What If #8 – Agile Never Happened
Alternate realities are a staple of many science fiction series. Exploring what our world might be like if this or that had or hadn’t happened can help shed light on the significance of a particular event.
The Agile approach to software development, although neither conceived nor born at Snowbird in 2001, coalesced and started to gain traction from around then.
What if the Snowbird gathering had never happened? What if the seeds which led to Snowbird had not been planted, or had fallen on barren ground?
Here’s a few hypotheses, or scenarios, to consider:
The Business Hypothesis
Maybe, in the absence of developers trying to wrangle some effectiveness into the work they were obliged to do, business folks might have got a grip. Unlikely, I grant you. But absent some existing movement to suborn or seize upon, maybe the pain of software and product development might have persuaded the “business side” to find better ways of creating and delivering products.
The Together Hypothesis
Maybe everyone involved in software and product development might have got together and pursued the finding of a joint solution. Also unlikely, I guess.
The More Of The Same Hypothesis
Another possibility is that nothing much would have changed. Developers would have continued, more or less frustrated, in prevailing waterfall or ad-hoc projects and ways of working. Outcomes would have continued to be poor for all concerned. Some may say that this is really what did happen, only the names have been changed.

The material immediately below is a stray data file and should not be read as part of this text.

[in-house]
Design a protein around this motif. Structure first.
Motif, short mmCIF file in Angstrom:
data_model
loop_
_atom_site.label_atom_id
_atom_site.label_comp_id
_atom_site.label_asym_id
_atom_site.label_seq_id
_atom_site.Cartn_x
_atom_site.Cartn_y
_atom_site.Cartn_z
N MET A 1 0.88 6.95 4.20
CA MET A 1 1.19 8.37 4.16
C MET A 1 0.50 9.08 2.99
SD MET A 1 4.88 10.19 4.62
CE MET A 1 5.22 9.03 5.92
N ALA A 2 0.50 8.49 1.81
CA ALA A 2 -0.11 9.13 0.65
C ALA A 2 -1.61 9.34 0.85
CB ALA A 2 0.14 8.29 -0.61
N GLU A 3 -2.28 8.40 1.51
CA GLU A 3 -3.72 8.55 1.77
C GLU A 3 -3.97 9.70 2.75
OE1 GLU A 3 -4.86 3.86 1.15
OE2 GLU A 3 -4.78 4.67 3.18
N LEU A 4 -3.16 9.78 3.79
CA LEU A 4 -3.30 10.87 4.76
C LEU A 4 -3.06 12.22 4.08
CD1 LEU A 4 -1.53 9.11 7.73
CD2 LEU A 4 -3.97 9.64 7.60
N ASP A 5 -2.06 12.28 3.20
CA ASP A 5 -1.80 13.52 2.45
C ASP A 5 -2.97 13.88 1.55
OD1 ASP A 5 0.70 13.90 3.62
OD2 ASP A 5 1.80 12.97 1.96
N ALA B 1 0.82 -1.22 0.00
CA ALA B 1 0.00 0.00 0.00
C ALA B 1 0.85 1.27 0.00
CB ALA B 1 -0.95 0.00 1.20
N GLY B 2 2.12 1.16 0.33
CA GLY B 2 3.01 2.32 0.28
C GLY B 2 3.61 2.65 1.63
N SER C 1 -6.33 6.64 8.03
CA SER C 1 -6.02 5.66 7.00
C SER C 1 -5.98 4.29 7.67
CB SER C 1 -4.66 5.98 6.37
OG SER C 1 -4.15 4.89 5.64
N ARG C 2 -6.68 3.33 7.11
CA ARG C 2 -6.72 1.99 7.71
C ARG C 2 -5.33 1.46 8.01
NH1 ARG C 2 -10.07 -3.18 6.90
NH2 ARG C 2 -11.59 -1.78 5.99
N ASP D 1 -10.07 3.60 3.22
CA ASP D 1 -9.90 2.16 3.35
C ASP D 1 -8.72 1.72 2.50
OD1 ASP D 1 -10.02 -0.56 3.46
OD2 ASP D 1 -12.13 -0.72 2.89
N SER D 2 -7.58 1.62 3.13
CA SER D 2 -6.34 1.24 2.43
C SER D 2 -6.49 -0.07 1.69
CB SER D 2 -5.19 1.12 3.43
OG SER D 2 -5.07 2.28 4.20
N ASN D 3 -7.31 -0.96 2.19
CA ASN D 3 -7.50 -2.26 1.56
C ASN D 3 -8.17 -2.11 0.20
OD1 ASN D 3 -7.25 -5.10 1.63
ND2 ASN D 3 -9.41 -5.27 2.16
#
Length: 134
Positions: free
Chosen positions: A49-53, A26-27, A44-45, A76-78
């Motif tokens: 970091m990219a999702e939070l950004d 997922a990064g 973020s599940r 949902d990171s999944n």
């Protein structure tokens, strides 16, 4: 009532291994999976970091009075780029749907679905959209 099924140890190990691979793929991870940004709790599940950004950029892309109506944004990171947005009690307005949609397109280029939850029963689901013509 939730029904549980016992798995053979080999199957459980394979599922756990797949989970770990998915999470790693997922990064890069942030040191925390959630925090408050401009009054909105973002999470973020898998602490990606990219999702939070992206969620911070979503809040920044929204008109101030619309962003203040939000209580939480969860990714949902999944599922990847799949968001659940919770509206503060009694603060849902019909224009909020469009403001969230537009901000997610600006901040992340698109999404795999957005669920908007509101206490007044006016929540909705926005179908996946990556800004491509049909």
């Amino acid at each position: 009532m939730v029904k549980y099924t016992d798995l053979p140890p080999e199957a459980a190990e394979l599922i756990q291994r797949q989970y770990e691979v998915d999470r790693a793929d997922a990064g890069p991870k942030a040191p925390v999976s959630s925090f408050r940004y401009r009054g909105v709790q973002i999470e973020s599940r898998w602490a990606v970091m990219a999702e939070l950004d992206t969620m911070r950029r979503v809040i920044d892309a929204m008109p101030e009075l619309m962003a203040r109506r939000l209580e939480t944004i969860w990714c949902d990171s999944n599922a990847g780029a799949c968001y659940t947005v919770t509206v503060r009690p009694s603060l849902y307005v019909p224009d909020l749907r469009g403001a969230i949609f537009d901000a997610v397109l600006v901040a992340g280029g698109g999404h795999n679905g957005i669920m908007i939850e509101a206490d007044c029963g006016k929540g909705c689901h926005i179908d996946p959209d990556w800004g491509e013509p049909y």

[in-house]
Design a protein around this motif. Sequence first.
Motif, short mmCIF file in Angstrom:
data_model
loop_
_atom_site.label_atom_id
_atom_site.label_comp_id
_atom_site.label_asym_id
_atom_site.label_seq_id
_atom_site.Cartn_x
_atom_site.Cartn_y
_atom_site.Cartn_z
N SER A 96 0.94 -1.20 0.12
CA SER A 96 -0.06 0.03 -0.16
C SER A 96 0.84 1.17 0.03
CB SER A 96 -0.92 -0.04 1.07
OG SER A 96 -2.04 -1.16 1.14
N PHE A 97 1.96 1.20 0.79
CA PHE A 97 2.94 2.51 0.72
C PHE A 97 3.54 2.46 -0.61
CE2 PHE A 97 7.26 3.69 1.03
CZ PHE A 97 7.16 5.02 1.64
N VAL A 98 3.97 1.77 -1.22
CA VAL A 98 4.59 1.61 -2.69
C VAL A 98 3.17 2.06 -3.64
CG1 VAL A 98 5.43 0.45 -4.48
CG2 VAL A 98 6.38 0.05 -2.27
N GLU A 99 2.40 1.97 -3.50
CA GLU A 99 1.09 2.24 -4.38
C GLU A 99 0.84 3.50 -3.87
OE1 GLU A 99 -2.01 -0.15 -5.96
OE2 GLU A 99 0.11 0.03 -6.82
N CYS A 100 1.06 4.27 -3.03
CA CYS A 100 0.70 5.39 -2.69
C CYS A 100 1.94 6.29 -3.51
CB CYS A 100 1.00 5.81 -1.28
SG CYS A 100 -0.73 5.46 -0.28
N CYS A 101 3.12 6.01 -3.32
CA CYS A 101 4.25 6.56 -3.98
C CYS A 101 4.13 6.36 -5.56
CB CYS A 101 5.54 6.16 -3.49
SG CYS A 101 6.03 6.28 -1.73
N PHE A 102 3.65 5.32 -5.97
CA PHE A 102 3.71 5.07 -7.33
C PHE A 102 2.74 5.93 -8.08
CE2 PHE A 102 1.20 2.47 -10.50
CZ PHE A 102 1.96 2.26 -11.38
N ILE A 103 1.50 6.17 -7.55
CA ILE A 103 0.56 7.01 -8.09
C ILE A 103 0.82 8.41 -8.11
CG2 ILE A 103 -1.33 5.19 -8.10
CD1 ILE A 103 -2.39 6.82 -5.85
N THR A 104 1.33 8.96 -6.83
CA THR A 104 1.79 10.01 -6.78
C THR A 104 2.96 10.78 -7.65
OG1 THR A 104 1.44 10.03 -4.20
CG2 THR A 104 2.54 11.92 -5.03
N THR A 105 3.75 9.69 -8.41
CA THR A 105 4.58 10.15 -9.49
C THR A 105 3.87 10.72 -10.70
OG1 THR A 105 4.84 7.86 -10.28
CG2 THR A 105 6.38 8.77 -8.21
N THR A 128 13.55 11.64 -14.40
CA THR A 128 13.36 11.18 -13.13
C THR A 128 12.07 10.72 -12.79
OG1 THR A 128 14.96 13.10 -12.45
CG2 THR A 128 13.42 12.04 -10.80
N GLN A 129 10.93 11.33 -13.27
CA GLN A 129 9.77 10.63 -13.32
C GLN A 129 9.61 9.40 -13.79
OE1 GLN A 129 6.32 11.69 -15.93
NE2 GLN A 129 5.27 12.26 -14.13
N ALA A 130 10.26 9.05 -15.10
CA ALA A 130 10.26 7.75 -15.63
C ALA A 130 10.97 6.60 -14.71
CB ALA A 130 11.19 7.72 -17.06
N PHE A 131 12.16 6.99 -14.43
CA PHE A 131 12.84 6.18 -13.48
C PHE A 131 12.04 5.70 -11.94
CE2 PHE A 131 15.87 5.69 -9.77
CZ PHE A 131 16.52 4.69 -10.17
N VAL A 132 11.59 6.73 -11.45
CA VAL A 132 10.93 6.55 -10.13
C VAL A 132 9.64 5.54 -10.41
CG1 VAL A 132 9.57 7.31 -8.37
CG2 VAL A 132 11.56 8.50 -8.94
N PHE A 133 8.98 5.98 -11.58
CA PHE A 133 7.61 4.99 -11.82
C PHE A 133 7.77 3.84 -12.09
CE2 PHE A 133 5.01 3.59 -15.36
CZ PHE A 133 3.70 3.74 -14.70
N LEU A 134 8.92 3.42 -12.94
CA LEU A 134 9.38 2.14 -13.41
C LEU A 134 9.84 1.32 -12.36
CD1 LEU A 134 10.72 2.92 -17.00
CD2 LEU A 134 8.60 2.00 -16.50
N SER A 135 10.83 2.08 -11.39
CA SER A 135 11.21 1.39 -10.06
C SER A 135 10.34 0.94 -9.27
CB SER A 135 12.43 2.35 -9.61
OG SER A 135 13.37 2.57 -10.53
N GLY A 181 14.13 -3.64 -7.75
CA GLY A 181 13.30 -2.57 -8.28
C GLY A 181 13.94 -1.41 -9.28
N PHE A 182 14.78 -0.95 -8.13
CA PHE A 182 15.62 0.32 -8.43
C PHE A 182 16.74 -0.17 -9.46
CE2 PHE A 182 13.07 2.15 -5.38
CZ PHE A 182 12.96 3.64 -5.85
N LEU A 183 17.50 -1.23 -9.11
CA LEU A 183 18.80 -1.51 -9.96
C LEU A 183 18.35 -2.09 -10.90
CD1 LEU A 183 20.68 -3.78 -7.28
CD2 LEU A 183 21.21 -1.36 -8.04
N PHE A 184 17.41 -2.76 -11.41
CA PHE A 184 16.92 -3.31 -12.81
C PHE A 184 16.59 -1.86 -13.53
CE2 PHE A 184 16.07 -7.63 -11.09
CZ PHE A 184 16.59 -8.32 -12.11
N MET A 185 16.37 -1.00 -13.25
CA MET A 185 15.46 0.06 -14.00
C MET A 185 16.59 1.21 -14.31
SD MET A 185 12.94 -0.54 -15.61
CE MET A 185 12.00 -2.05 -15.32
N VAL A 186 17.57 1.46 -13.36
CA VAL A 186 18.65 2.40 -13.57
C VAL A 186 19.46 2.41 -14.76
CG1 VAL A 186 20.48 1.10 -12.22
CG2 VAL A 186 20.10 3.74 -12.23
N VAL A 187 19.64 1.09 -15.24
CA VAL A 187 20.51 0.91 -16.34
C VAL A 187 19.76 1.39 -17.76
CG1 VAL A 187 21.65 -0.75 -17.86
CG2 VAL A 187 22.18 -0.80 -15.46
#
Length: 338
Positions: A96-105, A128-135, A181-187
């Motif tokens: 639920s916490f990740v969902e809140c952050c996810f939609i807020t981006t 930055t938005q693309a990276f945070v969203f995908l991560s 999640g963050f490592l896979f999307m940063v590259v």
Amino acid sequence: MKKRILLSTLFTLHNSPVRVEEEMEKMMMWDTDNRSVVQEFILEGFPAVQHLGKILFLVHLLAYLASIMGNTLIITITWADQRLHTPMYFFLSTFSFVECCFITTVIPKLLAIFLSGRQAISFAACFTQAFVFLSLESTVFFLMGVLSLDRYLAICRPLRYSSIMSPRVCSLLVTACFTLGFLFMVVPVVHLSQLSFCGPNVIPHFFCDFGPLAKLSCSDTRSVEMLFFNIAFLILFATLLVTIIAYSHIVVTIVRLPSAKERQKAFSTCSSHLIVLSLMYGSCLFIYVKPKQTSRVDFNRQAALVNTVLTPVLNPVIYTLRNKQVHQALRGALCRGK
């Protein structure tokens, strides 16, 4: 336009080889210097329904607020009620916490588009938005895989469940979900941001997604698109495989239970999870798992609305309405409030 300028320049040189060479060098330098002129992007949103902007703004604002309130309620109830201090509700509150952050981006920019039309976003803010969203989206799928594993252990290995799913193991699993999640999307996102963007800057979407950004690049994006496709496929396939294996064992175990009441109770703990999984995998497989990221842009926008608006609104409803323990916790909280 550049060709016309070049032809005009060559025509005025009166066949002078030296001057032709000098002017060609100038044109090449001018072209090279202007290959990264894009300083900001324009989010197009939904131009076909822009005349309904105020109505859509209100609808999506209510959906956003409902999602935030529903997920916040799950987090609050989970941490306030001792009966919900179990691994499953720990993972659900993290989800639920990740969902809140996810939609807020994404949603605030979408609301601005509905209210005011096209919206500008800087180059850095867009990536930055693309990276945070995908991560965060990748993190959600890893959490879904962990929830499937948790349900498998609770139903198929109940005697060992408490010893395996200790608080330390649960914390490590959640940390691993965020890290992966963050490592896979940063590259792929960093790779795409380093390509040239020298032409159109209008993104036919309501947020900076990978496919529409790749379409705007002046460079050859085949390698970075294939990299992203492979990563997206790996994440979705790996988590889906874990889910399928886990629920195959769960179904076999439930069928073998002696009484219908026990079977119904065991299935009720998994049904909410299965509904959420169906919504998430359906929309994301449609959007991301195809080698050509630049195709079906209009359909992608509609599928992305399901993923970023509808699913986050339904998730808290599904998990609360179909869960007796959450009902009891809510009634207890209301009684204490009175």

The Extrapolation Of Prevailing Trends Hypothesis
Maybe trends prevailing circa Y2K would have continued to evolve. Organisations seeking to improve might have embrace and evolved things like project management, CMMI, and so on. I can’t see this as effecting significant change or improvement, but maybe things might have improved slowly, in the order of a percentage point or two annually.
The Radical Hypothesis
Finally – in the list of alternate realities I’m presenting here – we might have seen a (more) radical alternative to Agile arise. Without convenient, ready-made, and packaged “Agile solutions” to adopt, maybe folks who cared might have studied their problems for themselves. Maybe this study might have found the root conditions. Maybe it might have surfaced more radical, more fundamental solutions. Solutions explicitly directed at communities of collaborative knowledge work, at the core role of collective mindsets, people and relationships, and at a system (business) wide approach to both adoption of new approaches and the ongoing use of those approaches.
What do you imagine might have happened if Agile had never been?